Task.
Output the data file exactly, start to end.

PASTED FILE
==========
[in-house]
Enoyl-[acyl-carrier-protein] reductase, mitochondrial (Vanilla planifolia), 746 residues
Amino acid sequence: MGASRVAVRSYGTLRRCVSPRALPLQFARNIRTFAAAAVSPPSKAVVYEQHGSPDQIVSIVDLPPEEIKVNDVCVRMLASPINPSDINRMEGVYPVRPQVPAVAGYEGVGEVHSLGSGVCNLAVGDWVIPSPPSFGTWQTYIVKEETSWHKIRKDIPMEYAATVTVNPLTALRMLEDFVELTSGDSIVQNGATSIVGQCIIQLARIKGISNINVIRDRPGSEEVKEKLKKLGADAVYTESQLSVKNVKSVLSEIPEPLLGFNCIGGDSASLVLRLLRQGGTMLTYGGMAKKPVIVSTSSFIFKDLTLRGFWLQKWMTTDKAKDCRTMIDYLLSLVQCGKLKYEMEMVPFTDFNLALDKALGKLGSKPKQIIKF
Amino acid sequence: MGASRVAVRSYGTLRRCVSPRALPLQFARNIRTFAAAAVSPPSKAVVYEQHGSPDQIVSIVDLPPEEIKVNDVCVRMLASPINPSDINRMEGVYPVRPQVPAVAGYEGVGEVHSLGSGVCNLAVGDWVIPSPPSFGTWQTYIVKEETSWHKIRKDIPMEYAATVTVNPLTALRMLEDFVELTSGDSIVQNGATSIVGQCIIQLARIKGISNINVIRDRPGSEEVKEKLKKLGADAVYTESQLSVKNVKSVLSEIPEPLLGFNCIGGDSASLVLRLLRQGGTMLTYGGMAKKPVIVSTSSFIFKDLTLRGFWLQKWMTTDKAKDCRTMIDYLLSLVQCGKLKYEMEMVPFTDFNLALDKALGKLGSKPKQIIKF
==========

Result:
[in-house]
Enoyl-[acyl-carrier-protein] reductase, mitochondrial (Vanilla planifolia), 746 residues
Amino acid sequence: MGASRVAVRSYGTLRRCVSPRALPLQFARNIRTFAAAAVSPPSKAVVYEQHGSPDQIVSIVDLPPEEIKVNDVCVRMLASPINPSDINRMEGVYPVRPQVPAVAGYEGVGEVHSLGSGVCNLAVGDWVIPSPPSFGTWQTYIVKEETSWHKIRKDIPMEYAATVTVNPLTALRMLEDFVELTSGDSIVQNGATSIVGQCIIQLARIKGISNINVIRDRPGSEEVKEKLKKLGADAVYTESQLSVKNVKSVLSEIPEPLLGFNCIGGDSASLVLRLLRQGGTMLTYGGMAKKPVIVSTSSFIFKDLTLRGFWLQKWMTTDKAKDCRTMIDYLLSLVQCGKLKYEMEMVPFTDFNLALDKALGKLGSKPKQIIKF
Amino acid sequence: MGASRVAVRSYGTLRRCVSPRALPLQFARNIRTFAAAAVSPPSKAVVYEQHGSPDQIVSIVDLPPEEIKVNDVCVRMLASPINPSDINRMEGVYPVRPQVPAVAGYEGVGEVHSLGSGVCNLAVGDWVIPSPPSFGTWQTYIVKEETSWHKIRKDIPMEYAATVTVNPLTALRMLEDFVELTSGDSIVQNGATSIVGQCIIQLARIKGISNINVIRDRPGSEEVKEKLKKLGADAVYTESQLSVKNVKSVLSEIPEPLLGFNCIGGDSASLVLRLLRQGGTMLTYGGMAKKPVIVSTSSFIFKDLTLRGFWLQKWMTTDKAKDCRTMIDYLLSLVQCGKLKYEMEMVPFTDFNLALDKALGKLGSKPKQIIKF